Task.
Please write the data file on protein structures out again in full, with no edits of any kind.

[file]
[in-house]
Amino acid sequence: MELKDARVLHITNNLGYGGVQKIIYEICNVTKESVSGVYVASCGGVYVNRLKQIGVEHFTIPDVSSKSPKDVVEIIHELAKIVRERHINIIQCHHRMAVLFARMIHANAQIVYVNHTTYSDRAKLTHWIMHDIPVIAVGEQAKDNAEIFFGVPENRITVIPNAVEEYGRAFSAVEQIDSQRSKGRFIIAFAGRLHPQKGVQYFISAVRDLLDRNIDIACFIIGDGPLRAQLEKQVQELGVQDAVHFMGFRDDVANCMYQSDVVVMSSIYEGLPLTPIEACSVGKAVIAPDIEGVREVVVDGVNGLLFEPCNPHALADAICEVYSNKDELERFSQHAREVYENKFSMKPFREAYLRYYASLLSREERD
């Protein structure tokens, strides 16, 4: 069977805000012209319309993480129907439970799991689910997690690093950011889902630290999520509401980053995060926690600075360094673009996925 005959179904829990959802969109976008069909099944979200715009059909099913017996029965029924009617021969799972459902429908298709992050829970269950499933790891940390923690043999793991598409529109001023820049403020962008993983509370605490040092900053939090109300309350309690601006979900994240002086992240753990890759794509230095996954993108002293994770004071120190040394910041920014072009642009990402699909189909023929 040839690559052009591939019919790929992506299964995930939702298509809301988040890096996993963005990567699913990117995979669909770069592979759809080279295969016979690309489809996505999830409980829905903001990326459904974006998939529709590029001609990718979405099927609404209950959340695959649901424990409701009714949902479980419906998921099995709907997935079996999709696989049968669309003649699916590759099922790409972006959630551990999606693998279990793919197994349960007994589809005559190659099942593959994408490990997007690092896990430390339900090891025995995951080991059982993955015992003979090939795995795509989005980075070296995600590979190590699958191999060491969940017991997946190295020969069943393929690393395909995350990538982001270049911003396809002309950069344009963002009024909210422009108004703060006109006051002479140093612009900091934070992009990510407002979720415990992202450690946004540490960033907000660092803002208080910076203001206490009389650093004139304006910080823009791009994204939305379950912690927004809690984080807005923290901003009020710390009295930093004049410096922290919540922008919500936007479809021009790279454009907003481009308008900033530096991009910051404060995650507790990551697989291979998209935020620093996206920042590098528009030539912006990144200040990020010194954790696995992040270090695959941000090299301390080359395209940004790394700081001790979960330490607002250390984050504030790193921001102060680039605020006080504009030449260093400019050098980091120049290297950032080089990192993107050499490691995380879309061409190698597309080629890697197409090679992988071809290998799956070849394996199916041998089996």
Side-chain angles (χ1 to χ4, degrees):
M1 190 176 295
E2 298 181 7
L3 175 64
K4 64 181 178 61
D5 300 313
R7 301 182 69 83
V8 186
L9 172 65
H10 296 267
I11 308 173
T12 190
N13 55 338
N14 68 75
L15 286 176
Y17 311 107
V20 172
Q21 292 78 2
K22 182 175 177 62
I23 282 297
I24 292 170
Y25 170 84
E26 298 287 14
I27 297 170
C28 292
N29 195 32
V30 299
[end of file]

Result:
[in-house]
Amino acid sequence: MELKDARVLHITNNLGYGGVQKIIYEICNVTKESVSGVYVASCGGVYVNRLKQIGVEHFTIPDVSSKSPKDVVEIIHELAKIVRERHINIIQCHHRMAVLFARMIHANAQIVYVNHTTYSDRAKLTHWIMHDIPVIAVGEQAKDNAEIFFGVPENRITVIPNAVEEYGRAFSAVEQIDSQRSKGRFIIAFAGRLHPQKGVQYFISAVRDLLDRNIDIACFIIGDGPLRAQLEKQVQELGVQDAVHFMGFRDDVANCMYQSDVVVMSSIYEGLPLTPIEACSVGKAVIAPDIEGVREVVVDGVNGLLFEPCNPHALADAICEVYSNKDELERFSQHAREVYENKFSMKPFREAYLRYYASLLSREERD
């Protein structure tokens, strides 16, 4: 069977805000012209319309993480129907439970799991689910997690690093950011889902630290999520509401980053995060926690600075360094673009996925 005959179904829990959802969109976008069909099944979200715009059909099913017996029965029924009617021969799972459902429908298709992050829970269950499933790891940390923690043999793991598409529109001023820049403020962008993983509370605490040092900053939090109300309350309690601006979900994240002086992240753990890759794509230095996954993108002293994770004071120190040394910041920014072009642009990402699909189909023929 040839690559052009591939019919790929992506299964995930939702298509809301988040890096996993963005990567699913990117995979669909770069592979759809080279295969016979690309489809996505999830409980829905903001990326459904974006998939529709590029001609990718979405099927609404209950959340695959649901424990409701009714949902479980419906998921099995709907997935079996999709696989049968669309003649699916590759099922790409972006959630551990999606693998279990793919197994349960007994589809005559190659099942593959994408490990997007690092896990430390339900090891025995995951080991059982993955015992003979090939795995795509989005980075070296995600590979190590699958191999060491969940017991997946190295020969069943393929690393395909995350990538982001270049911003396809002309950069344009963002009024909210422009108004703060006109006051002479140093612009900091934070992009990510407002979720415990992202450690946004540490960033907000660092803002208080910076203001206490009389650093004139304006910080823009791009994204939305379950912690927004809690984080807005923290901003009020710390009295930093004049410096922290919540922008919500936007479809021009790279454009907003481009308008900033530096991009910051404060995650507790990551697989291979998209935020620093996206920042590098528009030539912006990144200040990020010194954790696995992040270090695959941000090299301390080359395209940004790394700081001790979960330490607002250390984050504030790193921001102060680039605020006080504009030449260093400019050098980091120049290297950032080089990192993107050499490691995380879309061409190698597309080629890697197409090679992988071809290998799956070849394996199916041998089996």
Side-chain angles (χ1 to χ4, degrees):
M1 190 176 295
E2 298 181 7
L3 175 64
K4 64 181 178 61
D5 300 313
R7 301 182 69 83
V8 186
L9 172 65
H10 296 267
I11 308 173
T12 190
N13 55 338
N14 68 75
L15 286 176
Y17 311 107
V20 172
Q21 292 78 2
K22 182 175 177 62
I23 282 297
I24 292 170
Y25 170 84
E26 298 287 14
I27 297 170
C28 292
N29 195 32
V30 299